California was first with a bill proposed by Assemblyman Mike Gatto [geolink href=”https://www.usafriendlypokersites.com/new-online-poker-bill-introduced-california/” title=”New Californian Online Poker Bill”]in December[/geolink]. Just days ago, Washington State Rep. Sherry Appleton [geolink href=”https://www.usafriendlypokersites.com/online-poker-bill-introduced-state-washington/” title=”Online Poker Bill Introduced Washington”]followed with an ipoker bill[/geolink] in her home state. And now, Mississippi Rep. Bobby Moak did the same, a measure that includes online casino games as well as poker.

Of the three, Moak is the lone lawmaker who is not a rookie in volleying online gambling legislation, having made attempts in years past. Unfortunately, Moak has admitted that he doesn’t expect his igaming endeavor to make much headway among his fellow legislators this year either.

The situation in the state of Washington is rather unique in that it is currently the only state that carries criminal penalties for online poker players. It’s a felony to fire up your computer, deposit and play at unregulated sites. Fortunately, the 2006 law that covers such nonsense has never been enforced by the authorities.

Appleton’s proposal would remove criminal sanctions and legalize Internet poker. But past history tells us that the first attempt at advancing online poker and gambling legislation is often not the last. Generally, it takes lawmakers time to debate and rewrite such legislation, so the odds of Washington’s ipoker proposal gaining traction this year are not entirely favorable.

California is seen as the state with the best chance of joining Nevada, Delaware and New Jersey this year. But Gatto’s proposal will also require plenty of debate, as many see AB 9 as a retread of past measures that landed in the muck.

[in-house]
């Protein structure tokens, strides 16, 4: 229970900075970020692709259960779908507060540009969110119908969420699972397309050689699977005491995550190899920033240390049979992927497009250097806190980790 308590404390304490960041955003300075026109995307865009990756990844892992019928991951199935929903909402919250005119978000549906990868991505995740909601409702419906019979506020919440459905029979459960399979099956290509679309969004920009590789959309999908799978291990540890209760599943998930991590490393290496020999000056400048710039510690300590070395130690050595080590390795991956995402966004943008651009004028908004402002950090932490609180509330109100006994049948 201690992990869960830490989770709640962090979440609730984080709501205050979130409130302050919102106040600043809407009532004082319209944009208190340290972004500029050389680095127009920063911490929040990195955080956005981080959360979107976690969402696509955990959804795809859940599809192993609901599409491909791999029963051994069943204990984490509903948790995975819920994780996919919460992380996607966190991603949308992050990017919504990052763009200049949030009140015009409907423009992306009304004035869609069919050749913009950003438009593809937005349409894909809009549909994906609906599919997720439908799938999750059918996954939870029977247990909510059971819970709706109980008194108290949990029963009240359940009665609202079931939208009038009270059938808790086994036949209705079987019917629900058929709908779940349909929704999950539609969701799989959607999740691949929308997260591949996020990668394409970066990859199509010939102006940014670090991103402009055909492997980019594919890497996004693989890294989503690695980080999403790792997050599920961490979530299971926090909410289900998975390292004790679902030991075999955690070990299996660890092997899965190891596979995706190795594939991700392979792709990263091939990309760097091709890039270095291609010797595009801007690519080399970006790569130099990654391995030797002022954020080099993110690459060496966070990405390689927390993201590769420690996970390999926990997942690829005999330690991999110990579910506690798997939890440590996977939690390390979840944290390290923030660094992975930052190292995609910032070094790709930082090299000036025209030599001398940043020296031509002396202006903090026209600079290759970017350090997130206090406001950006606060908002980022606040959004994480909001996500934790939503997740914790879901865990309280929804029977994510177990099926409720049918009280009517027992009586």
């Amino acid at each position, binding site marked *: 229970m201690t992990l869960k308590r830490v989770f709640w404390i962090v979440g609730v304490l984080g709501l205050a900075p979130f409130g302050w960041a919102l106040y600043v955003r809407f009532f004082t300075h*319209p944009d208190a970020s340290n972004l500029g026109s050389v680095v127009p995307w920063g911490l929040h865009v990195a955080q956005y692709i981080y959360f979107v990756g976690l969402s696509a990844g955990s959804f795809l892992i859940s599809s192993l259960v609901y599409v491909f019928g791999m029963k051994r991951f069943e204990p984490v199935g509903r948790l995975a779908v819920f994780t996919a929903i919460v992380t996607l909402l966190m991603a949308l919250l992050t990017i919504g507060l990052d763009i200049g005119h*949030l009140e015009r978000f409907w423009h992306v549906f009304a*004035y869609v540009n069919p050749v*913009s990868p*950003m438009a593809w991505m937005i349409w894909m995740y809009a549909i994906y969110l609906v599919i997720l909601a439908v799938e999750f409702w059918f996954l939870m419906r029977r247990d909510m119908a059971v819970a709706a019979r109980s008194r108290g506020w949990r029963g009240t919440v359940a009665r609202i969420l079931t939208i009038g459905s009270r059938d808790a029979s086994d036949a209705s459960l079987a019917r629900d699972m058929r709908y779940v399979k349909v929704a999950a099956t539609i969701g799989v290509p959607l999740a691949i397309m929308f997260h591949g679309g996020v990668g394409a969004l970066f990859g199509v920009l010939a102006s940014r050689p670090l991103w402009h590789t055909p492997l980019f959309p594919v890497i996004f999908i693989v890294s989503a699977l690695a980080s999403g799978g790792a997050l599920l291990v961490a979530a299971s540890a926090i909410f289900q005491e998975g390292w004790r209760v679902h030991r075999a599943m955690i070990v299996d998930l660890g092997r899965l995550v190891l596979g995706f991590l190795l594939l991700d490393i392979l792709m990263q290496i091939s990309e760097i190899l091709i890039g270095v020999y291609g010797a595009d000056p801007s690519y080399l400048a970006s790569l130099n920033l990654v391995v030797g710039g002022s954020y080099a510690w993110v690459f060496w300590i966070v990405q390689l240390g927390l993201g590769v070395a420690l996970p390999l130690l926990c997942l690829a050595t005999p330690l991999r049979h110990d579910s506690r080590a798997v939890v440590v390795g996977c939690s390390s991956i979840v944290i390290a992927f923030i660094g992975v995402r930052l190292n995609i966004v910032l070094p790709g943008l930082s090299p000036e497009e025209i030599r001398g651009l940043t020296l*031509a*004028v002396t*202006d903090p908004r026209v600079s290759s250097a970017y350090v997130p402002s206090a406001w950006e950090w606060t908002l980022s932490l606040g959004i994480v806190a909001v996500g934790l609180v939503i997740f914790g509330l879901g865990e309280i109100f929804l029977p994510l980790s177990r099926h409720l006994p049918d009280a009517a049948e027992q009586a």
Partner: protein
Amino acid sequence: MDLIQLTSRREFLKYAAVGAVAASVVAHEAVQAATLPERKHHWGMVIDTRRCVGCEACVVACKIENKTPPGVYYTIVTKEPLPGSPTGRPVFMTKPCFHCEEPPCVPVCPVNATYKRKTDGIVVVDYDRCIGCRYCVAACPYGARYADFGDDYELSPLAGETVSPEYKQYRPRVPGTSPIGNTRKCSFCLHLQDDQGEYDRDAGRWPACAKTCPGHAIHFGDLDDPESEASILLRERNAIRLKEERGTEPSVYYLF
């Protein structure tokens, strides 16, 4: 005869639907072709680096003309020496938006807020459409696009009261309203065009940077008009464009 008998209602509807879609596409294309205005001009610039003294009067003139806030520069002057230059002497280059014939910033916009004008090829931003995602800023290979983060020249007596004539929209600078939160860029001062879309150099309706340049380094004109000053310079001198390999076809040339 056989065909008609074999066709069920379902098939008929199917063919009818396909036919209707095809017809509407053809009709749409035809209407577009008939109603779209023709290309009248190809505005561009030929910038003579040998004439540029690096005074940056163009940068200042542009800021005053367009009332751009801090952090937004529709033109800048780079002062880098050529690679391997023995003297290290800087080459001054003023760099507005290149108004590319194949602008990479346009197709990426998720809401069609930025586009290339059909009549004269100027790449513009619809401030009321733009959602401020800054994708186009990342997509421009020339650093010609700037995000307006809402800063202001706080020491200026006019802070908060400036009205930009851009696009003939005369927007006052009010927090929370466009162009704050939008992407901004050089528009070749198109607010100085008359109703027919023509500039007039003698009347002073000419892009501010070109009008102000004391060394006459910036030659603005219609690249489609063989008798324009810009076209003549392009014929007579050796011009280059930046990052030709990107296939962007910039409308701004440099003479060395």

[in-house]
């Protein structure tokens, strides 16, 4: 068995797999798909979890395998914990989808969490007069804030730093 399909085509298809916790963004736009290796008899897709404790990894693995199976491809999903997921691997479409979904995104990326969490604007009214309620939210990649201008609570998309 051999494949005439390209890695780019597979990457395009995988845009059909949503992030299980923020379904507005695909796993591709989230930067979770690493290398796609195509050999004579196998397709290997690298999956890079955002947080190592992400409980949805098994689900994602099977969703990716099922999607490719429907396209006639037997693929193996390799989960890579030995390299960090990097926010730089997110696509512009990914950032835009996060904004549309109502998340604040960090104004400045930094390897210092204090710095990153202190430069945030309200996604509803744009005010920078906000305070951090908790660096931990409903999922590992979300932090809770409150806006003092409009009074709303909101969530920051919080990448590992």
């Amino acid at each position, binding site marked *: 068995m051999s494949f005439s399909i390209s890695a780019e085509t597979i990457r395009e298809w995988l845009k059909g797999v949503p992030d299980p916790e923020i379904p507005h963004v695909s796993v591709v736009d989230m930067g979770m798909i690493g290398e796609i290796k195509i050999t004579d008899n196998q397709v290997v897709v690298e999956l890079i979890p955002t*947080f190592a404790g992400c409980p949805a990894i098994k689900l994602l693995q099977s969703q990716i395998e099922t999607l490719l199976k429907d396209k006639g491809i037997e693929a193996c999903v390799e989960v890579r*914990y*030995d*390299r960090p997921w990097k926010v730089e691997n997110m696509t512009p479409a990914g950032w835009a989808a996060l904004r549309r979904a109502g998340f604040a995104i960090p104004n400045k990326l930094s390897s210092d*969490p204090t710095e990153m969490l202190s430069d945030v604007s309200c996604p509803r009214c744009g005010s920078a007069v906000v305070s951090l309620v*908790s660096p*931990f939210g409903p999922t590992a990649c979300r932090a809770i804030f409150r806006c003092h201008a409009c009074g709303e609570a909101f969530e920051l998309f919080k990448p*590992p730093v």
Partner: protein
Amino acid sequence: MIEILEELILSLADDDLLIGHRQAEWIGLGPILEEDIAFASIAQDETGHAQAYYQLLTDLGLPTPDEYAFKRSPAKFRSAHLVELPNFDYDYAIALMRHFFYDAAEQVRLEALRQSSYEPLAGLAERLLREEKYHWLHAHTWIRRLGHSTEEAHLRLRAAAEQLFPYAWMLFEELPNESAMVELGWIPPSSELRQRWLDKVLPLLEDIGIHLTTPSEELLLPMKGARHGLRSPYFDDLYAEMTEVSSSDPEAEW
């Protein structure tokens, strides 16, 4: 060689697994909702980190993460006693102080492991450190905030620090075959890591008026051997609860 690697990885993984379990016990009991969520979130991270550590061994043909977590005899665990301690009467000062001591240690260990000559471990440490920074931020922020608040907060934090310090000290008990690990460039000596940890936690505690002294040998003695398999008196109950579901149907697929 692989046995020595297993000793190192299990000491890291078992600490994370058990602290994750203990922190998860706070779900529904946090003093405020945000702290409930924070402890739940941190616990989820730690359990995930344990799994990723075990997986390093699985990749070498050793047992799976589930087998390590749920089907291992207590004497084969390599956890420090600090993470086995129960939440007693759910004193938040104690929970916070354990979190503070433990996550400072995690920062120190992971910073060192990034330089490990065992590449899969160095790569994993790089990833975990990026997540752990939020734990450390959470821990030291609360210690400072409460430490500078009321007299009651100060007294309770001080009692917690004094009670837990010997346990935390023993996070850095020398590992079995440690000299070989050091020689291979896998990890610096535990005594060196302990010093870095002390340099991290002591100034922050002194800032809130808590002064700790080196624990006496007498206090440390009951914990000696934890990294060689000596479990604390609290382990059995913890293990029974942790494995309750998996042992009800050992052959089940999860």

Other States to Watch

Online poker advocates are certainly pleased that attempts at regulation are heating up. And there may be more on the way. Industry scuttlebutt has circulated indicating that New York may be next in line to consider the issue.

New York State is moving forward with land-based gaming expansion, as three new casino sites have been approved and should be welcoming gamblers sometime in 2016. Expanding further into online poker is not a stretch at all. Two bills were introduced in New York in 2014 but were not given much attention as the main focus was on awarding the new casinos to three bidders.

We can likely expect New York Assemblyman Gary Pretlow to introduce an ipoker bill this year, as he did in 2014. His colleagues may take it a bit more seriously in 2015 now that the bricks and mortar gambling situation has moved forward.

Pennsylvania is another state to keep an eye on. 2014 was a busy year for Keystone State lawmakers with regard to the online gambling issue. An igaming study was released, bills proposed, and hearings held. Another round will likely commence this year, and although lawmakers may still want to hold out a bit longer to “wait and see” how the industry shapes up, regulation may win out if the cards fall into place.